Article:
Deactivated weapons

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    Tankermike
    Member

    Posts: 105
    Join date: 2010-02-11
    Age: 48
    Location: Edmonton

    Deactivated weapons

    Post by Tankermike on Mon May 28, 2012 12:40 pm

    Are there any members (Alberta) who are up to speed on the rules of owning a deactiaved weapon. I tried to do some research but only come up with limited information. I have read that you may require a letter from a gunsmith stating the weapon is deactivated and can not function as a firearm. What altercations are need other than than welding the action and the magazine, can any part of the firearm function like the trigger pull? But I want to be on the safe side, I dont want to buy a dewat and have it seized and go through the hassle. I understand that the chief firearms officer also can declare the weapon dewat, but again if I send it in and it fails it may get seized. What are the rules on replica frearms, rumor control has said any replica firearm can be seized but what about all those airsoft look a likes? Any information will be appreciated.

    Infanteer
    Member

    Posts: 668
    Join date: 2009-12-11

    Re: Deactivated weapons

    Post by Infanteer on Mon May 28, 2012 10:55 pm

    Holy crap... you are looking for a lot of info... LOL

    Do a google search for RCMP deactivation guidelines and you'll find all the details. I'm just not prepared right now to do that much typing. The gist of it is that a newly deactivated firearm can not cock and click. Everything needs to be welded tight and verified by a gunsmith. Firearms deactivated under the old guidelines that can cock and click are perfectly legal and there is no requirement to bring them up to the new standards.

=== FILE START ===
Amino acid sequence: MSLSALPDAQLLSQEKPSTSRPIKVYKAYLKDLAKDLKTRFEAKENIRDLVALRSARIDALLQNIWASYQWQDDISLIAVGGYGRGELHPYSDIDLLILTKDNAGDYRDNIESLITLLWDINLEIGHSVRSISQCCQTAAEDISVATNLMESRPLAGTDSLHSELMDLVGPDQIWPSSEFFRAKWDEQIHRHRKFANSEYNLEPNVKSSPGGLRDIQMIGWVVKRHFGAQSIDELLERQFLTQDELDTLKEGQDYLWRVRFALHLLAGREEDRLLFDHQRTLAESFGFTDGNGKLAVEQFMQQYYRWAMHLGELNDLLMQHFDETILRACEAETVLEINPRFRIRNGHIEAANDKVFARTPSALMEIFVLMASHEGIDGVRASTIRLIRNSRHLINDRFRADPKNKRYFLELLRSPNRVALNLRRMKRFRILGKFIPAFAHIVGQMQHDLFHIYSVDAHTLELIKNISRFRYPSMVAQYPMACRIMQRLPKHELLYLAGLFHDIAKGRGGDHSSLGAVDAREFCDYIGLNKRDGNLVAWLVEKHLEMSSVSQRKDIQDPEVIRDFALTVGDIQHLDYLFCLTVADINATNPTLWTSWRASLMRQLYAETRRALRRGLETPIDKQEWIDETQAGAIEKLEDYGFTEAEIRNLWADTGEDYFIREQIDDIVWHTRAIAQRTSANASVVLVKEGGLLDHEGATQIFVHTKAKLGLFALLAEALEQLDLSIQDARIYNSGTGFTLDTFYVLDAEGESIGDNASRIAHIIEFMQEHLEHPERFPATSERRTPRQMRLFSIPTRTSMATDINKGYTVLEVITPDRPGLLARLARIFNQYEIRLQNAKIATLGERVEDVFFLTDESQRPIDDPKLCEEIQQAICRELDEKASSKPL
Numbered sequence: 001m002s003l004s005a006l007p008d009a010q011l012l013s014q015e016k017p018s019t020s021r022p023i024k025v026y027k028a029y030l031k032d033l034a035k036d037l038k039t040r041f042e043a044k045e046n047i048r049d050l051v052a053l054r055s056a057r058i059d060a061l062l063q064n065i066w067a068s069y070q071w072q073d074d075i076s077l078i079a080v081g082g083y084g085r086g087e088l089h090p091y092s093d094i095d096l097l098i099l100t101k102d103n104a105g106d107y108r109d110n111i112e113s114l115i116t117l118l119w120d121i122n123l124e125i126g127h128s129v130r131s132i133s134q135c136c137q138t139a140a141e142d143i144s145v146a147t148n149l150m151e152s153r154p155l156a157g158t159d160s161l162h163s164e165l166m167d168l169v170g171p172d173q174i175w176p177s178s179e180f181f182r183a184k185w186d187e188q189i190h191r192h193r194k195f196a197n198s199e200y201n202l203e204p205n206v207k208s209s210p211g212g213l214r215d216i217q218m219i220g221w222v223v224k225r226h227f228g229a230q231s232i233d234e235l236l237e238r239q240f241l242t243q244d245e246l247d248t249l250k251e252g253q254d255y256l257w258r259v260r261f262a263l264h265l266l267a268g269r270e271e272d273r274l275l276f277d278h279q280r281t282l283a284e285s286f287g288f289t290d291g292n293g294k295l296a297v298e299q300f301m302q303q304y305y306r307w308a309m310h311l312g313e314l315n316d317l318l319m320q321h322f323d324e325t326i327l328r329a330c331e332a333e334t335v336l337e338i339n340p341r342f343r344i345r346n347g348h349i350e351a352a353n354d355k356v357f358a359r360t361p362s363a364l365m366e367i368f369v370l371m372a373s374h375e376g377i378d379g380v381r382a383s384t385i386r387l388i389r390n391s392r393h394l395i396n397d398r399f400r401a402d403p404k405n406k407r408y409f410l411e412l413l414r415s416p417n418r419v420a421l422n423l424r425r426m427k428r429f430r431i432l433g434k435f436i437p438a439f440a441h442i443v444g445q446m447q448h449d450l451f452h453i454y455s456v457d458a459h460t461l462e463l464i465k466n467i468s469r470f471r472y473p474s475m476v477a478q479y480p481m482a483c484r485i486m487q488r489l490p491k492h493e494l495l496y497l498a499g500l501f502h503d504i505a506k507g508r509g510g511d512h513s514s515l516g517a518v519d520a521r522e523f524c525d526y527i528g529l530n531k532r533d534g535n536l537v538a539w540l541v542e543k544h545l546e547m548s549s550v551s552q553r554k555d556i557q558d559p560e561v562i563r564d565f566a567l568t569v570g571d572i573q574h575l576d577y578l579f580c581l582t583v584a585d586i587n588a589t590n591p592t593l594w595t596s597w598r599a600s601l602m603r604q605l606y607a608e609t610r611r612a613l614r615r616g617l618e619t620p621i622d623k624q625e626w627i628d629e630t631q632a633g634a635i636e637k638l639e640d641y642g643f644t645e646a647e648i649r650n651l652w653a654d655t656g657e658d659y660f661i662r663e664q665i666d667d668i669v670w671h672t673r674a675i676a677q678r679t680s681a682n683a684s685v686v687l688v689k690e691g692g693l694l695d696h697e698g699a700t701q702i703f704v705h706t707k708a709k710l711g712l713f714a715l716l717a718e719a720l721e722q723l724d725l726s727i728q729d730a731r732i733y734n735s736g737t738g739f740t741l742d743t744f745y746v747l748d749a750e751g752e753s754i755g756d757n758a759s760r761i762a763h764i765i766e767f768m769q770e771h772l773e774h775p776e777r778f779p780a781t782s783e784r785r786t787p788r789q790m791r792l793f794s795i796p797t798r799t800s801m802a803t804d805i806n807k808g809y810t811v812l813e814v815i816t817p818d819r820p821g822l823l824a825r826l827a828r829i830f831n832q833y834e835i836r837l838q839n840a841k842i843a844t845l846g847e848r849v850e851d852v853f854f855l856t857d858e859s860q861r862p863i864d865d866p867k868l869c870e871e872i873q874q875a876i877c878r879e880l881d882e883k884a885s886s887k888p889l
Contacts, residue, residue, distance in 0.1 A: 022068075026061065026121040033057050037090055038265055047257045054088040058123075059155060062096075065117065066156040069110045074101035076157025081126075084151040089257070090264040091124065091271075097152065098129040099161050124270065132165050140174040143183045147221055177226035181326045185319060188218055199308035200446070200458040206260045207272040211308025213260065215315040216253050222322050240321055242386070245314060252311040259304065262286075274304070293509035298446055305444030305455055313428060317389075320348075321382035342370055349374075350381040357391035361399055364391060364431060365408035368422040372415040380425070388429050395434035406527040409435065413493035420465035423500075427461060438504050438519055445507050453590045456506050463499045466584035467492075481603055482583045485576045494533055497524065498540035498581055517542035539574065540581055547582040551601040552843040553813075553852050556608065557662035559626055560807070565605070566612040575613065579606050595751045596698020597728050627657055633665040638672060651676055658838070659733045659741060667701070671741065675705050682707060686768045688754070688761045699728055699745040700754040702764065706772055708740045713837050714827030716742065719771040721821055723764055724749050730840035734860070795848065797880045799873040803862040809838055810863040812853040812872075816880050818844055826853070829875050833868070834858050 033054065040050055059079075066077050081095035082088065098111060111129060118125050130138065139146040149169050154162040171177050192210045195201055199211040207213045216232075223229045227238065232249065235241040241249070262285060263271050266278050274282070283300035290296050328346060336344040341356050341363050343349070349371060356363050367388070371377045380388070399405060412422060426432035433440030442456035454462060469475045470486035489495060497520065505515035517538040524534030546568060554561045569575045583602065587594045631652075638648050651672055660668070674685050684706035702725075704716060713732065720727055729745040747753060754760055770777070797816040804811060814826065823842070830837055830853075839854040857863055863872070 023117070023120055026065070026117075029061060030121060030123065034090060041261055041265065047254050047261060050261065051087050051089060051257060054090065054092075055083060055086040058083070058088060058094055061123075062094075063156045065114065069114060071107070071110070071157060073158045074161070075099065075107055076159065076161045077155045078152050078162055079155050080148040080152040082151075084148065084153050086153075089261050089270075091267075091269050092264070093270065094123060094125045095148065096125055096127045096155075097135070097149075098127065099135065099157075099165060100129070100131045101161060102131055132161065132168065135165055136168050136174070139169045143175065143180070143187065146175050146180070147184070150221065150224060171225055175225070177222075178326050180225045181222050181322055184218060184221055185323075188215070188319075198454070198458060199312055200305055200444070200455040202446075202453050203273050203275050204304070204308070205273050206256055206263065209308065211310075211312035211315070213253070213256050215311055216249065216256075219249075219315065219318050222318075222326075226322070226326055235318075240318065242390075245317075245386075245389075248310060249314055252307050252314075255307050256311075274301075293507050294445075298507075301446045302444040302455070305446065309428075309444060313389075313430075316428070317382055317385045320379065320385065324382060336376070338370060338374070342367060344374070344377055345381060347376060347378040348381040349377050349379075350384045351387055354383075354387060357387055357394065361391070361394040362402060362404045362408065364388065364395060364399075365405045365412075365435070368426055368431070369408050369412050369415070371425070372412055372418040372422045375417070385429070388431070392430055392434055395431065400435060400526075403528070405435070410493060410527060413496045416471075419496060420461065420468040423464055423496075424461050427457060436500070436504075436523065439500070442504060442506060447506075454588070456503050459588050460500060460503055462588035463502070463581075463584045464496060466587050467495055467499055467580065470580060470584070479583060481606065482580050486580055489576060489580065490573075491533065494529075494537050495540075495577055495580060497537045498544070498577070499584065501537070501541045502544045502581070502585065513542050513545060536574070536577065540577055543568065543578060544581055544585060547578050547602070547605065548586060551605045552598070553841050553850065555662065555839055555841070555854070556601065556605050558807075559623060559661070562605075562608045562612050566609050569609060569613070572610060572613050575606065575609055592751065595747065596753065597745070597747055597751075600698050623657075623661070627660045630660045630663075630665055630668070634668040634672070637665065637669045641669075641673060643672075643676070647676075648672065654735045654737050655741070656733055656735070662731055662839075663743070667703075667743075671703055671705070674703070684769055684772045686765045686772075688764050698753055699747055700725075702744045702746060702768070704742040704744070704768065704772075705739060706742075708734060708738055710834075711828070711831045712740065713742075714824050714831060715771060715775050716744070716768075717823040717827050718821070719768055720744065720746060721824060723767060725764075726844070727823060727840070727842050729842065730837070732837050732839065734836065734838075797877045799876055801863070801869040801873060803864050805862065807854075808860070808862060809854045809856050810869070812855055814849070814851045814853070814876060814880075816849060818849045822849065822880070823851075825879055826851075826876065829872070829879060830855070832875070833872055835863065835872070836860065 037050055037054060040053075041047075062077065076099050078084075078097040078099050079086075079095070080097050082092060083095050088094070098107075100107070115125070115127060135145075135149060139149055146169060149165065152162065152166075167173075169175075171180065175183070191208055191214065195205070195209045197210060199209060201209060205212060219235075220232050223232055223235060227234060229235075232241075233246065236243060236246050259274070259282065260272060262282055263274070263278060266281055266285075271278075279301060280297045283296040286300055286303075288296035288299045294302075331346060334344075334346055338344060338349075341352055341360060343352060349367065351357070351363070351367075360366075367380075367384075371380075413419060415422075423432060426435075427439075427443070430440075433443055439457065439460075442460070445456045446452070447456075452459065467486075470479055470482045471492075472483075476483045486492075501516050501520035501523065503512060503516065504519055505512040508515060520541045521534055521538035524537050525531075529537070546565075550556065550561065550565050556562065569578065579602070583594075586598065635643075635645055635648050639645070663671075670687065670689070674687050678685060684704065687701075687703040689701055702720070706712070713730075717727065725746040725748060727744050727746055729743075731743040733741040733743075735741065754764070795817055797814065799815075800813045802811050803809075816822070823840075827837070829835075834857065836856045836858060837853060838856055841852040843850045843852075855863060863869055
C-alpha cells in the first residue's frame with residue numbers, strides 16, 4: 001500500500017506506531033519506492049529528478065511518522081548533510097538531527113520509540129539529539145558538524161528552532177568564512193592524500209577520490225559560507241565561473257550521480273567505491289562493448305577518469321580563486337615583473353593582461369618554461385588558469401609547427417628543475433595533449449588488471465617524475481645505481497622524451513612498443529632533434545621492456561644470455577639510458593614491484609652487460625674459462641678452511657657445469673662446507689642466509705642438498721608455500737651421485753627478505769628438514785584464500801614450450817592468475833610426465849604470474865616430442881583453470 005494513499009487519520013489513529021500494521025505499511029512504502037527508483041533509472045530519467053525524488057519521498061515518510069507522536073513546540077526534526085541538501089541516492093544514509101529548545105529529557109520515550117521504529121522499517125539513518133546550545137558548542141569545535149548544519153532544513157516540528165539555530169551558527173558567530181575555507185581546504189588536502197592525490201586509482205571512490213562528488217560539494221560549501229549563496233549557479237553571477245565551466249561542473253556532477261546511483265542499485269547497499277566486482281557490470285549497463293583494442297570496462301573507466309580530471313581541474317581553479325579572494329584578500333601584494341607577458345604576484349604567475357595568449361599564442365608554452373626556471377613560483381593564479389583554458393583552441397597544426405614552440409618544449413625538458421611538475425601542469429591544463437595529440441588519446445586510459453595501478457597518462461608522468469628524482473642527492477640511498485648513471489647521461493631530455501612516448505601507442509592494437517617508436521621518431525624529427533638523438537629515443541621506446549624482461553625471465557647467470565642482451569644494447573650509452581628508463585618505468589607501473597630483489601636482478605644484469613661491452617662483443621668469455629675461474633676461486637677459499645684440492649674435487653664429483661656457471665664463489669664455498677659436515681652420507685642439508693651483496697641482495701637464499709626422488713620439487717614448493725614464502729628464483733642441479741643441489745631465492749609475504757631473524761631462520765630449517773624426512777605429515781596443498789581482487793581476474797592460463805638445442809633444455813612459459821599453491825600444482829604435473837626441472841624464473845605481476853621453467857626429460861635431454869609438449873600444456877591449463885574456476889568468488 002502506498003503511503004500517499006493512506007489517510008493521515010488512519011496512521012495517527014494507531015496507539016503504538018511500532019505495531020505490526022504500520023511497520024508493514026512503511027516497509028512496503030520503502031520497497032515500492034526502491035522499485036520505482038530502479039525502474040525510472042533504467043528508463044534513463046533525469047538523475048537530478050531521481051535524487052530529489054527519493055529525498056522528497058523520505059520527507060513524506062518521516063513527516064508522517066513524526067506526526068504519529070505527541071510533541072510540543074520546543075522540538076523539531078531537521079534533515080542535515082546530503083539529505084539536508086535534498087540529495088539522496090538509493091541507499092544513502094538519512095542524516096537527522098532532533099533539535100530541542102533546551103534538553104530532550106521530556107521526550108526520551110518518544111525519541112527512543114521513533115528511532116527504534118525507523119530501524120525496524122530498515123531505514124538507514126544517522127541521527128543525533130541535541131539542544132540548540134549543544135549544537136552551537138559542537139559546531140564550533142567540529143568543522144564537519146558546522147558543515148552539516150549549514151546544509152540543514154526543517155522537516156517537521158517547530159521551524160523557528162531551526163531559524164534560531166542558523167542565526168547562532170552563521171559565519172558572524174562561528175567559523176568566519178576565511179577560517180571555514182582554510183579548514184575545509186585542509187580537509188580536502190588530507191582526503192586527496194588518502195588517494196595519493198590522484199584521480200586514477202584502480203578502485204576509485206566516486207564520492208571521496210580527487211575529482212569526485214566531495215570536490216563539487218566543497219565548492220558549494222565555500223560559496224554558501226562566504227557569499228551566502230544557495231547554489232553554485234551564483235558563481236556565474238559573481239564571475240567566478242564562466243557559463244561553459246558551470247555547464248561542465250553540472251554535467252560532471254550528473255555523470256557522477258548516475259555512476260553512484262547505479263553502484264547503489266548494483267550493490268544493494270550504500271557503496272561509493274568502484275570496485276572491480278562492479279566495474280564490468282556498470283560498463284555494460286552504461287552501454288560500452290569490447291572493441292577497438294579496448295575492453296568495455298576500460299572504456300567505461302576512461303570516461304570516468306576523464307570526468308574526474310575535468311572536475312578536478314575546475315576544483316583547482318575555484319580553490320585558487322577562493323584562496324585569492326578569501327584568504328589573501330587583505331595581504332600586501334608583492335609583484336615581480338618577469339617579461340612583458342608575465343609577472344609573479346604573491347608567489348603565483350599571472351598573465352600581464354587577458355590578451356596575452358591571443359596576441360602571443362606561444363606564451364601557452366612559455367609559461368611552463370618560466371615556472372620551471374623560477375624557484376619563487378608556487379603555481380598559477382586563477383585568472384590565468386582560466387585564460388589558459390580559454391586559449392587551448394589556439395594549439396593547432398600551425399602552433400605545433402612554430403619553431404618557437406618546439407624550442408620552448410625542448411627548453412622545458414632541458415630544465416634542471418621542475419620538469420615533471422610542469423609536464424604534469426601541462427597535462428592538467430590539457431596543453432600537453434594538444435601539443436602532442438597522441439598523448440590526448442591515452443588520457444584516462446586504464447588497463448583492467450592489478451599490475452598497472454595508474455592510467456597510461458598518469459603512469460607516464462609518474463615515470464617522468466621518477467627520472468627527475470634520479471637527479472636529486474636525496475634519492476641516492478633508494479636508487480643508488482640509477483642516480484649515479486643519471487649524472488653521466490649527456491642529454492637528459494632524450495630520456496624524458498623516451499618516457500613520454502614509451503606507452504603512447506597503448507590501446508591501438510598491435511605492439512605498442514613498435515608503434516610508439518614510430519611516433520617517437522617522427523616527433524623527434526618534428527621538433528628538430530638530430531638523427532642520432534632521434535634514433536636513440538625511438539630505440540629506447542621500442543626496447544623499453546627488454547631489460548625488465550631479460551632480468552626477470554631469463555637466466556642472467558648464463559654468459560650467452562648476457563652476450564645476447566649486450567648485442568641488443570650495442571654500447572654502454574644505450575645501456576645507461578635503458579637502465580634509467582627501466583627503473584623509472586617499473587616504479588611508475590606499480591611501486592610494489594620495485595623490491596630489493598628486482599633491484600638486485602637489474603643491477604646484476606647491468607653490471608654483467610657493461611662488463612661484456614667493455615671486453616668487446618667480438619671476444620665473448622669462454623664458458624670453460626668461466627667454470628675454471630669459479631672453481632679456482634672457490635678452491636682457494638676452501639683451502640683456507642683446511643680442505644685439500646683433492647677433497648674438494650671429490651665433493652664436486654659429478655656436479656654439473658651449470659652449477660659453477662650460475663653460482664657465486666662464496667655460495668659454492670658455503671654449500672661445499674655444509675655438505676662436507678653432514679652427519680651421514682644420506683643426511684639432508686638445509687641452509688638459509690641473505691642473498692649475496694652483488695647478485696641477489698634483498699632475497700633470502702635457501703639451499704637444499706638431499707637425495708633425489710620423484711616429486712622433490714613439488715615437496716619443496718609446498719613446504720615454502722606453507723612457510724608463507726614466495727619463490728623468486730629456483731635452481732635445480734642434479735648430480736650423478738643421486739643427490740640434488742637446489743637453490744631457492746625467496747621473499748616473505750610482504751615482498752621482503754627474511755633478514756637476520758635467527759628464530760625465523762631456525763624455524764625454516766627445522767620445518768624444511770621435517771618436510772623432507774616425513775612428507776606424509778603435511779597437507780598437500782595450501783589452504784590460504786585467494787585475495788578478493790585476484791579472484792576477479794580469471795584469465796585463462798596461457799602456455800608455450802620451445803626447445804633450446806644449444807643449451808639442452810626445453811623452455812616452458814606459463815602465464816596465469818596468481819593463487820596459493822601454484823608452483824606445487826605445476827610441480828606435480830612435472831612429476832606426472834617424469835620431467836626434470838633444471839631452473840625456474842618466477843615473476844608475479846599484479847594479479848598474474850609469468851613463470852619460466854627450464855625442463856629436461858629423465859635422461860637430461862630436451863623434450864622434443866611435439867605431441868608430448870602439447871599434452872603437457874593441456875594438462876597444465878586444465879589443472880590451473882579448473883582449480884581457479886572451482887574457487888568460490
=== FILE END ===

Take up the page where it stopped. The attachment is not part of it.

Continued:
The rules on replicas can be a bit confusing and don't seem to make sense but that's only because they don't. It is legal to possess a replica that you owned before the change of the laws but it is illegal to sell or give away that replica. Deactivated firearms are real and therefore exempt from the replica laws. A replica is realistic copy of an actual firearm but can not and never will be able to function as a firearm nor cause harm... unless used as a club. The exception is a replica of an antique firearm as per the firearms act (firearms manufactured before 1898 that were not designed or re-designed to discharge rim-fire or centre-fire ammunition), which is legal. Again, if you go to the Canada Firearms Center website you will find all the details.

    Lastly comes airsoft. Originally considered replicas by Canada Border Services, the rules have slackened lately. Any airsoft that fires under 366 feet per second needs to have a clear or tinted receiver. An airsoft that fires over 366 feet per second can be a full metal replica and look just like the real thing. The principle behind this reasoning is that if the airsoft is capable of causing bodily harm it is no longer a replica, which is also why air guns (BB and pelets) can look like real firearms.

    Like I said, it can be confusing and is absolutely retarded. If a replica is perfectly harmless it is illegal, if it can cause harm it is legal.... go figure...

    I did a quick google search and found the following:

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    Tankermike
    Member

    Posts: 105
    Join date: 2010-02-11
    Age: 48
    Location: Edmonton

    Deactivated weapons

    Post by Tankermike on Thu May 31, 2012 11:19 am

    Thanks for the info, they don't make it very clear do they.

    Infanteer
    Member

    Posts: 668
    Join date: 2009-12-11

    Re: Deactivated weapons

    Post by Infanteer on Thu May 31, 2012 5:56 pm

    No, it's not clear and IMO these laws really don't accomplish anything.

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